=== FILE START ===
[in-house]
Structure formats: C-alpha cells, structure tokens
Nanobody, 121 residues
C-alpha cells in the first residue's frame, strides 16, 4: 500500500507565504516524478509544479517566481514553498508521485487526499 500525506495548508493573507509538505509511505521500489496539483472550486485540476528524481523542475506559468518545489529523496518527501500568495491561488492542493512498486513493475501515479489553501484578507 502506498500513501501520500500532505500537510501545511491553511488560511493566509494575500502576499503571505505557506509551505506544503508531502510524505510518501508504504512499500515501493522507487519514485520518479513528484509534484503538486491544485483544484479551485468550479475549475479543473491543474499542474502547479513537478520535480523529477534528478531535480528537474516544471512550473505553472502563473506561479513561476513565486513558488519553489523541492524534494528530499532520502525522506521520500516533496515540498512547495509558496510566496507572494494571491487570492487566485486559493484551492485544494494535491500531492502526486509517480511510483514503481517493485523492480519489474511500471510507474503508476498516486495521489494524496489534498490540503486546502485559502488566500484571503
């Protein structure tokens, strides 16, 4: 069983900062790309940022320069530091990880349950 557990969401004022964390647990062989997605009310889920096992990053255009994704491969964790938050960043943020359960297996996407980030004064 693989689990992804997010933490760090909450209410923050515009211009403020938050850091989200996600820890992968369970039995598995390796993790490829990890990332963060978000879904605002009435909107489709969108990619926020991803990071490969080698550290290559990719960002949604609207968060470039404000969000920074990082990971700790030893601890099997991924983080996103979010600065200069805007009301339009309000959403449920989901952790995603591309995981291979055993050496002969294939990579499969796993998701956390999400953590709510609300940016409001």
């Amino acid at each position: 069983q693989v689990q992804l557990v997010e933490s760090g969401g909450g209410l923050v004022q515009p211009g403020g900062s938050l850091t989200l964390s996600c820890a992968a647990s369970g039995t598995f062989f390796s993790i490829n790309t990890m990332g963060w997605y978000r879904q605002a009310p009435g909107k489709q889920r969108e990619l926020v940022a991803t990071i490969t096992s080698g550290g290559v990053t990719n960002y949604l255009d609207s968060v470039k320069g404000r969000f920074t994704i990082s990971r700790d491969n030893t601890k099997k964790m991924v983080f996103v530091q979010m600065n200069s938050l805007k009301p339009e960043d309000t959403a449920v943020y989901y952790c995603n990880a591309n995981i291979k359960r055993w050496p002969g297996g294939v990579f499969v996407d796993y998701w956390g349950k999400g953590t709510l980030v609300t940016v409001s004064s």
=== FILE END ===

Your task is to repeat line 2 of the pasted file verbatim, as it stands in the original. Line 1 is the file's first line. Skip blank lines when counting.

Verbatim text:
Structure formats: C-alpha cells, structure tokens